"With Jasmines," Nadeem ventured to put in these two English words.

"Excellent! Excellent! You Bangalees are marvellous people. No American could have served a Bangalee dinner like this."

"Sarah has never been out of this country." Wilder was amazed by Hussain's words. The entire dinner had a French flavour, which he loved. Sipping the green tea he winked at Hussain: "Some style, old guy!"

Nadeem almost threw up the green tea, which he had taken stealthily in a glass. But the grown-ups seemed to relish it. Wilder asked for another cup, remarking: "The Chinese have a habit of filling your cup again and again."

"Sorry, that's what I should have done," Sarah said in her perfect convent English.

Hussain lit a cigarette and suddenly the entire horizon reverberated with violent sounds, the like of which they had never heard before. Frank Wilder would have left in a minute or two. Red flames and smoke usurped the tranquil sky. They quickly closed the doors and windows and moved inside.

"Sounds like machine guns and mortars," Wilder stated.

Hussain picked up the phone. It was dead.

"I think I hear tanks," he said, the next-door neighbour, Mr. Hamid Hossain who worked in the English Department came in through a side-door, which had been left inadvertently open.

“Please shut all your doors," he said.

"This is an army crackdown, anything can happen."

 He rushed out and Sarah closed the door behind him with trembling hands. Nadeem knew she was with child. He said to his aunt, "Why don't you lie down. I'll clear the table."

She embraced him impulsively and said: "No my darling - just be quiet - don't move!"

The day's hard work, and the shock of this unexpected violence must have made her nerves snap. She fainted; her husband picked her up and put her in bed. The two men and one boy sat up all night. Towards daybreak they heard footsteps. Theirs was a third floor flat. On the ground floor lived Dr. Thakurta, a senior Professor of the English Department. The noise of shooting seemed to come from that direction. Someone knocked on their door. It was Hasan: "They've shot Dr. Thakurta. He is lying in a pool of blood!"

"What? Has your Federal Government gone mad?" Wilder screamed in anger.

Hussain was about to rush downstairs. Nadeem gave out a wild cry: "Mama (Uncle), please don't go. They are going to kill us."

Hasan advised: "You mustn't move. They are still shooting, we must wait quietly."

The whole day passed in unbearable anxiety and grief. Curfew had been announced through the radio. Wilder had borrowed a car from one of his diplomat friends. It was parked outside, but he could not leave. The sound of shooting had merely subsided only for a while. It began again in full vigour almost bursting the eardrums.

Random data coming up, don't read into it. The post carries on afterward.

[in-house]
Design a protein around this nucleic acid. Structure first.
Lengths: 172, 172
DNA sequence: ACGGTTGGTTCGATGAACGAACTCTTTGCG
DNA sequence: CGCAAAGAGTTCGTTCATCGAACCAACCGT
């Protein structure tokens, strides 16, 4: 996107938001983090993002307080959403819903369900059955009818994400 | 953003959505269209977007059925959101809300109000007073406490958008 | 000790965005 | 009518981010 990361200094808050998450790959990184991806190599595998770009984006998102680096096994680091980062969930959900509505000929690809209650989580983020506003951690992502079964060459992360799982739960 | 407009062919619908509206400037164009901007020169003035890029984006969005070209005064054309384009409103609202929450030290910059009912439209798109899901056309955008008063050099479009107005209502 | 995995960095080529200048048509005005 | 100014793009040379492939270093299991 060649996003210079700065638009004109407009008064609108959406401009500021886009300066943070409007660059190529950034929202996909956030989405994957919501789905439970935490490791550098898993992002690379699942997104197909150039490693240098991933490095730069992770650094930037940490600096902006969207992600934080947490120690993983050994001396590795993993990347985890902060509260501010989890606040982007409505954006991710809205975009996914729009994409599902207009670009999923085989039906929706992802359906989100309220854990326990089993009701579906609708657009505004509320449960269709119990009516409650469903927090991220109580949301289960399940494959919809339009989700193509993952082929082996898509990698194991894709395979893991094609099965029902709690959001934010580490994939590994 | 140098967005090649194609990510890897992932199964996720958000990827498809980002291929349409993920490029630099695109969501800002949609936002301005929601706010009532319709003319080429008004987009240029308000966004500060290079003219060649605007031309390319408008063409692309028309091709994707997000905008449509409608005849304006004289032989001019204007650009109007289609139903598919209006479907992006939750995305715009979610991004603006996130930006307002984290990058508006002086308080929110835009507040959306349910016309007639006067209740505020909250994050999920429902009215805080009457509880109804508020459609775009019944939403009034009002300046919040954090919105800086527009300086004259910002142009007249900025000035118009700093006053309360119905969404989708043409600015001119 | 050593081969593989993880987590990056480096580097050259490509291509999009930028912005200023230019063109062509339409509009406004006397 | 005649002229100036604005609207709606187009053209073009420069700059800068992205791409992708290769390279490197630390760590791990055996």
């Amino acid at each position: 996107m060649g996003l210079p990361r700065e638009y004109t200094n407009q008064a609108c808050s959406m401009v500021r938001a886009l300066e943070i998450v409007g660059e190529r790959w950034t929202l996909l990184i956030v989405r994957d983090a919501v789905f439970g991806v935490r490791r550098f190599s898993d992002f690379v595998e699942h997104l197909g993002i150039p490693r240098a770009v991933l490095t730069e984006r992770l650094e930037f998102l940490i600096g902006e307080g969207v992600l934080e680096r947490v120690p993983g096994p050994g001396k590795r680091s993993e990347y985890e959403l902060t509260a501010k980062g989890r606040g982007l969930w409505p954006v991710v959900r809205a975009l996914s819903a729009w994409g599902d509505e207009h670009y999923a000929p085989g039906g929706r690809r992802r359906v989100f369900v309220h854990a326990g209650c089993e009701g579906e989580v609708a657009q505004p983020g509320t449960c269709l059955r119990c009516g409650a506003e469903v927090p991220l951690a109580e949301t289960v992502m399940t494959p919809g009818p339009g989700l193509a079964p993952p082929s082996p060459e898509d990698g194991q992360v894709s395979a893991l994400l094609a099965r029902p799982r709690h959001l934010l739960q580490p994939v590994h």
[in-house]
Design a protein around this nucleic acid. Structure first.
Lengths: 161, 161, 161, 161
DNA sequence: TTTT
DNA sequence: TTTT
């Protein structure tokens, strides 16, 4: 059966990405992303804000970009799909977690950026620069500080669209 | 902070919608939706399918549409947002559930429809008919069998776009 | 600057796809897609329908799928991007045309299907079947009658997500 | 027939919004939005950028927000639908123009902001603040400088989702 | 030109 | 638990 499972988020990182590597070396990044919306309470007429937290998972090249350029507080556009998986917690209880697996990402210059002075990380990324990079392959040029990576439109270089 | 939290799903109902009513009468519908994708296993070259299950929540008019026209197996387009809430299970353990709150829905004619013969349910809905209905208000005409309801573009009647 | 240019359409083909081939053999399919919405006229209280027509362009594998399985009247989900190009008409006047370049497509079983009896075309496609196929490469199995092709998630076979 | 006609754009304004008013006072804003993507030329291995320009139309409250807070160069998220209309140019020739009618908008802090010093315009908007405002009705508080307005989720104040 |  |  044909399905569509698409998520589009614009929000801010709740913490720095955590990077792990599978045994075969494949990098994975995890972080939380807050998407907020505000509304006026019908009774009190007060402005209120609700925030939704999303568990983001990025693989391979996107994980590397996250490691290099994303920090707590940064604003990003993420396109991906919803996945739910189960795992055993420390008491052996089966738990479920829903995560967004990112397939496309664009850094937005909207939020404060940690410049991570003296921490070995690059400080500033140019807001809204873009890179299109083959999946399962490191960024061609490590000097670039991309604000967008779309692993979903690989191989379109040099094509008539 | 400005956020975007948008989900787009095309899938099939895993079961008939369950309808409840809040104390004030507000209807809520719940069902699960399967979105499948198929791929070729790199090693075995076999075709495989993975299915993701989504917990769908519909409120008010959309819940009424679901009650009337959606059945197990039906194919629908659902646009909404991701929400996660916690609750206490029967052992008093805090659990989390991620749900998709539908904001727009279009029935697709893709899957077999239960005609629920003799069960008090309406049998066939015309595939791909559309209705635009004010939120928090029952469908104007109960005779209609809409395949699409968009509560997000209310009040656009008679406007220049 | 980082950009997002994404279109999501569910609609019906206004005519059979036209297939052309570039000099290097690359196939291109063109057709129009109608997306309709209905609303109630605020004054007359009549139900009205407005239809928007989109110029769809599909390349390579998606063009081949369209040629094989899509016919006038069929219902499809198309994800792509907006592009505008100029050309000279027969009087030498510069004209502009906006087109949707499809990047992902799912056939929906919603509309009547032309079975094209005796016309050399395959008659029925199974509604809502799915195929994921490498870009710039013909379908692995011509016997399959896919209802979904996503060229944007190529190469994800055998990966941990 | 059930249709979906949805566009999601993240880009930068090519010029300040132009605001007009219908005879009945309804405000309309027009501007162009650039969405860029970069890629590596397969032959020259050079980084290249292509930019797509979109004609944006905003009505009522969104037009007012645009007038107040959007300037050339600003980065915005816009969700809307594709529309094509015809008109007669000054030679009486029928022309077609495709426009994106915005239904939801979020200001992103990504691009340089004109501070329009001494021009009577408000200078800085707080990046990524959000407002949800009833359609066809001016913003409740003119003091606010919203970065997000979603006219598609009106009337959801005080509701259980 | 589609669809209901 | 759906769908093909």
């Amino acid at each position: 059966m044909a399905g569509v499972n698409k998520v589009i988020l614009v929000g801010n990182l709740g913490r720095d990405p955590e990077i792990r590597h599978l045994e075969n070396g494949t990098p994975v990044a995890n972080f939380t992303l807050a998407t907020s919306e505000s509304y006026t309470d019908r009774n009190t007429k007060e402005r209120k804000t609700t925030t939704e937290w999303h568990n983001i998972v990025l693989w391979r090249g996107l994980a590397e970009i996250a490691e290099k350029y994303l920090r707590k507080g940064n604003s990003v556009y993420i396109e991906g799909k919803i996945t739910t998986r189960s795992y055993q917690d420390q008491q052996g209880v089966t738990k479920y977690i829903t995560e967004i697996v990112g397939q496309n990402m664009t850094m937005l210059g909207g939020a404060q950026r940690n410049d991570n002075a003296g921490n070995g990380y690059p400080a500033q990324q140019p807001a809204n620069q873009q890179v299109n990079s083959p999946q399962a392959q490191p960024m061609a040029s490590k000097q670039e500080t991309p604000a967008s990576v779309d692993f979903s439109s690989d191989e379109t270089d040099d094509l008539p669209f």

The red glow in the sky and the heavy roar of mortars continued. Towards sunrise the furore seemed to subside.

Hussain was busy tending Sarah. Nadeem took her a cup of warm milk. Together they washed her head. They found Wilder in the kitchen trying to make tea. Hussain took over, asking his guest to leave it to him. Wilder went for a wash. A heartrending moaning sound rose from downstairs. Nadeem covered his ears and said: "It must be Dr. Thakurta's wife."

Hussain's face was red with anger. As he made tea he said: "You see, Frank, we have allowed a pack of wolves to rule us. We Bangalees are too busy with poetry and music. What we need now is military training."

During a recent convocation of the university, when a leading scientist Dr. Kudrate Khuda had announced the need for martial lessons for the Bangalee youth, the audience was a bit taken aback. Now everyone understood the significance of that counsel. The curfew was lifted the following morning at about eleven. Wilder said to Hussain before driving off: "I'll come back with provisions. I have seen everything. I'll report all this to the Herald Tribune."

Hussain pleaded with him: "Frank, please don't come back here. We may not be here when you come. Don't take me amiss. I'll contact you if I can. These are very bad times; goodbye, my friend."

Nadeem had liked the blue-eyed physicist; they shook hands. As Wlder's car left, their eyes fell on the blood streaming from Dr. Thakurta's flat into the porch. Hasan was locking the front door. He whispered,  "He has been taken to Medical College. We have hidden his wife and daughter as best as we could. Now we must buy some provisions before the curfew is imposed again."

Hasan's clothes were smeared with Thakurta's blood. Suddenly Hussain lost his nerve. He sat down on the steps and started howling and sobbing uncontrollably. Nadeem had never seen his uncle break down like this.